As it turns out, teens actually tweet more than the general population, prompting Silicon Valley Insider to say yesterday, “Kids Don’t Hate Twitter Anymore.” According to comScore, Twitter’s unique visitor composition index in the 12 – 17 age group is 118 (a value over 100 represents a higher concentration of unique visitors from that age group as compared to the age group’s concentration across the entire web). More interestingly, Twitter’s 12 – 17 composition index of 118 is higher than its composition index in the 25 – 34 and 35 – 44 age groups. The bottom line: Twitter actually skews more teen than the average site, and much more teen than Facebook.
Similarly, the teens who visit Twitter do so 5.2 times per month, more often than users aged 25 – 44, who visit fewer than 5 times per month.
But, there is a lot more to the story than widespread misinterpretation of data. After all, why don’t the majority of teens tweet? The issue of teens and Twitter first got legs when Morgan Stanley published an influential report written by Matthew Robson, a 15-year-old intern from the UK, which became an instant hit. Here is the reason the report suggested that teens don’t tweet:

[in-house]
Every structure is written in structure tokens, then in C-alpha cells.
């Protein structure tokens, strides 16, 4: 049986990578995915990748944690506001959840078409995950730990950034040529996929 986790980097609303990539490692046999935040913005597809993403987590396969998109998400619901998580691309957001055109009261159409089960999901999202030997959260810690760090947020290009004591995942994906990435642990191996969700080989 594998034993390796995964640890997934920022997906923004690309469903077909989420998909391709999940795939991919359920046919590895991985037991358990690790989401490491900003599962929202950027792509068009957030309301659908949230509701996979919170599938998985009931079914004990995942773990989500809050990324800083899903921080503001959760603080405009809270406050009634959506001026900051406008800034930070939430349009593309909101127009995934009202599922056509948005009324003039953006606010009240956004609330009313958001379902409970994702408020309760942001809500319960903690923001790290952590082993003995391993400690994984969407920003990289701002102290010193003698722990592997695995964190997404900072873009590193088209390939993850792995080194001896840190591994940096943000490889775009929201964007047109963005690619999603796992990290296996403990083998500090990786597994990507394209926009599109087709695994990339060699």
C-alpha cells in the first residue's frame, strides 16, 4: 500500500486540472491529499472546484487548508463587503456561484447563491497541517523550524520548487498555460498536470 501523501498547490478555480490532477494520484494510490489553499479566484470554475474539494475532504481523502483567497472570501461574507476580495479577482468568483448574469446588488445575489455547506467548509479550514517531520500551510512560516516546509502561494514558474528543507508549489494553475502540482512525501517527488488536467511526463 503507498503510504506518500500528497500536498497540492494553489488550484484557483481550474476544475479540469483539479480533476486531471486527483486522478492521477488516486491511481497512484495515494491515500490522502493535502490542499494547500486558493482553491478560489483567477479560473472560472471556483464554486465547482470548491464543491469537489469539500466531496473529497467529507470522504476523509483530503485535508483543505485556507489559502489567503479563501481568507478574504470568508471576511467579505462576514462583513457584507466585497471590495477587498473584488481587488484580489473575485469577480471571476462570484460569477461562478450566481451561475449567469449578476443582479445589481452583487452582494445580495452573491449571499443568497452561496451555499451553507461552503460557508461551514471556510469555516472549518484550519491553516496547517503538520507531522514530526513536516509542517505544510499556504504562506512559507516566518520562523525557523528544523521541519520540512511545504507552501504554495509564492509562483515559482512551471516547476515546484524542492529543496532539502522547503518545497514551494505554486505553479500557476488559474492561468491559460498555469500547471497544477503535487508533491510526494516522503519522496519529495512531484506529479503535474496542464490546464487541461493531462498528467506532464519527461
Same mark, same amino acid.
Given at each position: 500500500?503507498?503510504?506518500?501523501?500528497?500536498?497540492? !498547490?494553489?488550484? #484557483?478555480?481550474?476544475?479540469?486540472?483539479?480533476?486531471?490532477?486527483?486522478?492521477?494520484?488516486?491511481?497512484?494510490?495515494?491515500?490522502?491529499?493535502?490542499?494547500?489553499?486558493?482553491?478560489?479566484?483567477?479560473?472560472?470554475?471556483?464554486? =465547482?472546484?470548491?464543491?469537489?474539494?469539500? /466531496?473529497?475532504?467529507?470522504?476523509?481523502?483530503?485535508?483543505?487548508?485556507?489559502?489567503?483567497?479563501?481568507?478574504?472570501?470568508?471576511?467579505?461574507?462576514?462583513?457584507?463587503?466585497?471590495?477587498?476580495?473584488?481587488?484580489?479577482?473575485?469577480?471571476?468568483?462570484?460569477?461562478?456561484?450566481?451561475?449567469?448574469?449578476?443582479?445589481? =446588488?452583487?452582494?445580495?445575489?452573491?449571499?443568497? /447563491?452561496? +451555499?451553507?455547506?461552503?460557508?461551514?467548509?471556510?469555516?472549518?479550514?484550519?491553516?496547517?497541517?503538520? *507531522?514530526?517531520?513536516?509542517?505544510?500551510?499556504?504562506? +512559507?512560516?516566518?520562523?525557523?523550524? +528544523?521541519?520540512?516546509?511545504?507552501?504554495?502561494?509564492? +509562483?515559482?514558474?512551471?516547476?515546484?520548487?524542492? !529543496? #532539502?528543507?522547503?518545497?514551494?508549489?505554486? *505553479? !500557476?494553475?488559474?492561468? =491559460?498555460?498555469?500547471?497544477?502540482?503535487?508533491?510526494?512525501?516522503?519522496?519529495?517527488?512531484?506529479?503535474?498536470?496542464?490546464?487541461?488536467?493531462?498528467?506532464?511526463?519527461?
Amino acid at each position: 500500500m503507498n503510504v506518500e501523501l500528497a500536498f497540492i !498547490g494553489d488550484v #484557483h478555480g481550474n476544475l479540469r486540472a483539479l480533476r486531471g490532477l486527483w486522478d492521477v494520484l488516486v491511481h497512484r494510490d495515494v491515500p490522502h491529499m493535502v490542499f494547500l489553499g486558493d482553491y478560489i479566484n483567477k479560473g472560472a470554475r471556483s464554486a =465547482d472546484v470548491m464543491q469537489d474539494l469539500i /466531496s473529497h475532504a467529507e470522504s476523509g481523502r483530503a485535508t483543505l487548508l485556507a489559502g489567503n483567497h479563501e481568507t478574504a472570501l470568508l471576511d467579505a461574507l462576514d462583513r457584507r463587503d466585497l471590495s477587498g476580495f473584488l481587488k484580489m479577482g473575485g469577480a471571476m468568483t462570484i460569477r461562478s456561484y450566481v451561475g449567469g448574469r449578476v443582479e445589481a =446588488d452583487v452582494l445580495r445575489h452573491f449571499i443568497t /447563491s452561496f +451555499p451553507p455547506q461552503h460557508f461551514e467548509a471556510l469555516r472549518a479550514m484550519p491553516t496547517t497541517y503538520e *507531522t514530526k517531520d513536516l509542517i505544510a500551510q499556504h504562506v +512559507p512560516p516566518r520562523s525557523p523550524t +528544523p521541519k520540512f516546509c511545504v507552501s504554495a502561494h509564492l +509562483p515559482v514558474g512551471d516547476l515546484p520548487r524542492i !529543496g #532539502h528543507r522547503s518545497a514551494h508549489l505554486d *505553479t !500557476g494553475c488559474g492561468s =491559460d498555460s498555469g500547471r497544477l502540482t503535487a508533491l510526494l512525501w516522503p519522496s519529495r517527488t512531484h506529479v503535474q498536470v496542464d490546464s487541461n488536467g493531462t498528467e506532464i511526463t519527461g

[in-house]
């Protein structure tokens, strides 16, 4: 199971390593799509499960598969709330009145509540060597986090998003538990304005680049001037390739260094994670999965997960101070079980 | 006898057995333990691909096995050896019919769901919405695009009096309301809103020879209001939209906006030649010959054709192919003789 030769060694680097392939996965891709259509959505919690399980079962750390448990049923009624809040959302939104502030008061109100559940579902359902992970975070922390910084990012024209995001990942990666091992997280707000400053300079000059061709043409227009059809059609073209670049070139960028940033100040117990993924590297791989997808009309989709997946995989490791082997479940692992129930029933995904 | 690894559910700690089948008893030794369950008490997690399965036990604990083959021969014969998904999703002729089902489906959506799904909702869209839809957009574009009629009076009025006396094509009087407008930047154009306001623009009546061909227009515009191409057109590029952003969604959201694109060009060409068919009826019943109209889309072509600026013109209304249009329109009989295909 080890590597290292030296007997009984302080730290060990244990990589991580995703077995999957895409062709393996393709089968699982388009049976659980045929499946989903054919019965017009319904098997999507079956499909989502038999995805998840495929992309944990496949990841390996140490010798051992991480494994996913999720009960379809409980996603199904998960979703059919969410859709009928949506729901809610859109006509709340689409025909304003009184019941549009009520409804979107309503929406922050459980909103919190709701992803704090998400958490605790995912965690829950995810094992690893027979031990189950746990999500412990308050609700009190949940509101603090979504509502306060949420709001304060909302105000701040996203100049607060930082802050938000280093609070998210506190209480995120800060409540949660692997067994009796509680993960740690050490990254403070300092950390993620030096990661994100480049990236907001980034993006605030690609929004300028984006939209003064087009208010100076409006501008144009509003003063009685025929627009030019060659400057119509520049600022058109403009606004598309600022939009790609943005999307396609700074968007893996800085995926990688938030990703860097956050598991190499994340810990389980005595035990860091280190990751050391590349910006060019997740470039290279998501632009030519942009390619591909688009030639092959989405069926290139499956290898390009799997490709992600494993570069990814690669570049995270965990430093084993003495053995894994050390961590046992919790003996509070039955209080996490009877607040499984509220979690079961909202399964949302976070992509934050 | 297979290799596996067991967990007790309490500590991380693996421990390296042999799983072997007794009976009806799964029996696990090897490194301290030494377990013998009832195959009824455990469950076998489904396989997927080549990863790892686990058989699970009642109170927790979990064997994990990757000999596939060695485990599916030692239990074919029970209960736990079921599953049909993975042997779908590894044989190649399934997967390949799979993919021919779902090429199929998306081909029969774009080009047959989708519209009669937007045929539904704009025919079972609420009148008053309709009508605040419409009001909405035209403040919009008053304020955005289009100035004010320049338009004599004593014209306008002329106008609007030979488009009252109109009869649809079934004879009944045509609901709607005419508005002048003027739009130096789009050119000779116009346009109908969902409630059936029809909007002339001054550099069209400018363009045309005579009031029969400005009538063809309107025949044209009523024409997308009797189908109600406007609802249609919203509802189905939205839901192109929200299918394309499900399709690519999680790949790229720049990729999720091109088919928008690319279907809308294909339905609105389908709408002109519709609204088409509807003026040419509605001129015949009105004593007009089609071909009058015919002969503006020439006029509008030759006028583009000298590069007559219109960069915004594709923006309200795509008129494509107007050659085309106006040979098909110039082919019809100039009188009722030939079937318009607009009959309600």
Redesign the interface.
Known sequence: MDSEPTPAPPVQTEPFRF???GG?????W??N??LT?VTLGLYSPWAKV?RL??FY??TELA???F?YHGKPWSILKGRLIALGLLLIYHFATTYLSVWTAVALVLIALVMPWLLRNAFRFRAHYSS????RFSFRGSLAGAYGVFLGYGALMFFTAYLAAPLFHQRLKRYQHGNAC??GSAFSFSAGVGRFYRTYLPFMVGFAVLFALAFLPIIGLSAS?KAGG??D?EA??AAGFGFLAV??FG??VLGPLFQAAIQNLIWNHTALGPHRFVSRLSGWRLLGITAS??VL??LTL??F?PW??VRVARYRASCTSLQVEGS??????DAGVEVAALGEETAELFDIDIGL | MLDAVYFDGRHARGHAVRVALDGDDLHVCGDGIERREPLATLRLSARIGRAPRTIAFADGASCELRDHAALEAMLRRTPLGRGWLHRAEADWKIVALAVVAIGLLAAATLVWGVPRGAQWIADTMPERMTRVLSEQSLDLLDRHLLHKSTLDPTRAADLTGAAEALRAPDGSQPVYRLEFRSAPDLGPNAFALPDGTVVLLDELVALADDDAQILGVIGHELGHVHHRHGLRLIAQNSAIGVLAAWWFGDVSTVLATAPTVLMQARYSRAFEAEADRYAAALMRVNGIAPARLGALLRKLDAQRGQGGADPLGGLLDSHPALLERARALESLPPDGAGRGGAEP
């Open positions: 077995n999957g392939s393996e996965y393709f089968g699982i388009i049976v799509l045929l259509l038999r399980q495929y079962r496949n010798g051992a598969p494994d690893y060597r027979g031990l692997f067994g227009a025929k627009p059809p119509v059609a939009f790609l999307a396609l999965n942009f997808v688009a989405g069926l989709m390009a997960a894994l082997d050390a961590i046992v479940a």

Most have signed up to the service, but then just leave it as they realize that they are not going to update it (mostly because texting twitter uses up credit, and they would rather text friends with that credit).
To validate this explanation, we ran a survey asking thousands of US teens whether text messaging charges have anything to do with whether or not they use Twitter, and over 90% said: “No — I wouldn’t use Twitter anyway.” (Note: unlimited texting plans are common in the US, whereas the Morgan Stanley report was written from the perspective of a UK teen.)
Robson also observed his friends and classmates in the UK signing up for the service and then never using it again, a pattern that proves very similar in the US. In fact, in our survey, we found that 45% of teens aged 13 – 17 who have a Twitter account don’t tweet. Most send a few and stop altogether, and 17% never sent a single one.
Similarly, we looked into the idea that maybe teens are turned off by Twitter’s openness and consider it unsafe. We found no support for this hypothesis either, with almost no one citing “It’s too open” or “It’s not safe” as reasons they don’t use Twitter, as the chart below shows.
So why? Why doesn’t Twitter engender passion in even most of the teens who take the plunge and sign up for an account? The answer lies in the reasons teens do use Twitter. Of teens with a Twitter account, the top 4 reasons cited for using the service are, in order: